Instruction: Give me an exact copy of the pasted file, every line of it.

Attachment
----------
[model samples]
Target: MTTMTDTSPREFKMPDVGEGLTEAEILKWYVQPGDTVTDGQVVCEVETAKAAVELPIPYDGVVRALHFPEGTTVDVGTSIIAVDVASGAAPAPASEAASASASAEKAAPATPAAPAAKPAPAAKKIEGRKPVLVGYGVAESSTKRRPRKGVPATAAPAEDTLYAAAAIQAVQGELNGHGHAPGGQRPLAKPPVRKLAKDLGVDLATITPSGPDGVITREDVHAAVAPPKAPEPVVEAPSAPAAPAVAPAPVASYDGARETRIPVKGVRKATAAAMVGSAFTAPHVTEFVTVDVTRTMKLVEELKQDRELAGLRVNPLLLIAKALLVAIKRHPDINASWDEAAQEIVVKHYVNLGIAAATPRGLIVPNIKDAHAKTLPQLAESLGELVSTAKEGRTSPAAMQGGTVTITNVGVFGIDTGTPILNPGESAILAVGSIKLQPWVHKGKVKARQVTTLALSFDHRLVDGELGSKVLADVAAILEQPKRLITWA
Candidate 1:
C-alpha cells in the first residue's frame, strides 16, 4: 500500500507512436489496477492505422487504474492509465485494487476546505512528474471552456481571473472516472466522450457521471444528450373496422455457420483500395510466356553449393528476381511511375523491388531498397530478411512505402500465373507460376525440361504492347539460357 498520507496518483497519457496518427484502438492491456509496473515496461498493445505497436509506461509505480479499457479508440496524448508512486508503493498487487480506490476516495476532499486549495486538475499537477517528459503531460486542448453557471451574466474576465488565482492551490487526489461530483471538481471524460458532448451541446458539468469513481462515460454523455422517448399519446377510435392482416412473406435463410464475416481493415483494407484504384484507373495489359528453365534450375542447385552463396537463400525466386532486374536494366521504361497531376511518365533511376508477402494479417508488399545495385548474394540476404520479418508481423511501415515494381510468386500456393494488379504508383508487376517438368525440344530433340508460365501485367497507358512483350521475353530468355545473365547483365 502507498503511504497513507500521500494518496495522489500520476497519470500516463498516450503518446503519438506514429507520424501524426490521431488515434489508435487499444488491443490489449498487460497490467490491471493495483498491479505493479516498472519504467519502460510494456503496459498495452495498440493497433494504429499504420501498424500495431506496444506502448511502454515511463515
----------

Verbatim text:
[model samples]
Target: MTTMTDTSPREFKMPDVGEGLTEAEILKWYVQPGDTVTDGQVVCEVETAKAAVELPIPYDGVVRALHFPEGTTVDVGTSIIAVDVASGAAPAPASEAASASASAEKAAPATPAAPAAKPAPAAKKIEGRKPVLVGYGVAESSTKRRPRKGVPATAAPAEDTLYAAAAIQAVQGELNGHGHAPGGQRPLAKPPVRKLAKDLGVDLATITPSGPDGVITREDVHAAVAPPKAPEPVVEAPSAPAAPAVAPAPVASYDGARETRIPVKGVRKATAAAMVGSAFTAPHVTEFVTVDVTRTMKLVEELKQDRELAGLRVNPLLLIAKALLVAIKRHPDINASWDEAAQEIVVKHYVNLGIAAATPRGLIVPNIKDAHAKTLPQLAESLGELVSTAKEGRTSPAAMQGGTVTITNVGVFGIDTGTPILNPGESAILAVGSIKLQPWVHKGKVKARQVTTLALSFDHRLVDGELGSKVLADVAAILEQPKRLITWA
Candidate 1:
C-alpha cells in the first residue's frame, strides 16, 4: 500500500507512436489496477492505422487504474492509465485494487476546505512528474471552456481571473472516472466522450457521471444528450373496422455457420483500395510466356553449393528476381511511375523491388531498397530478411512505402500465373507460376525440361504492347539460357 498520507496518483497519457496518427484502438492491456509496473515496461498493445505497436509506461509505480479499457479508440496524448508512486508503493498487487480506490476516495476532499486549495486538475499537477517528459503531460486542448453557471451574466474576465488565482492551490487526489461530483471538481471524460458532448451541446458539468469513481462515460454523455422517448399519446377510435392482416412473406435463410464475416481493415483494407484504384484507373495489359528453365534450375542447385552463396537463400525466386532486374536494366521504361497531376511518365533511376508477402494479417508488399545495385548474394540476404520479418508481423511501415515494381510468386500456393494488379504508383508487376517438368525440344530433340508460365501485367497507358512483350521475353530468355545473365547483365 502507498503511504497513507500521500494518496495522489500520476497519470500516463498516450503518446503519438506514429507520424501524426490521431488515434489508435487499444488491443490489449498487460497490467490491471493495483498491479505493479516498472519504467519502460510494456503496459498495452495498440493497433494504429499504420501498424500495431506496444506502448511502454515511463515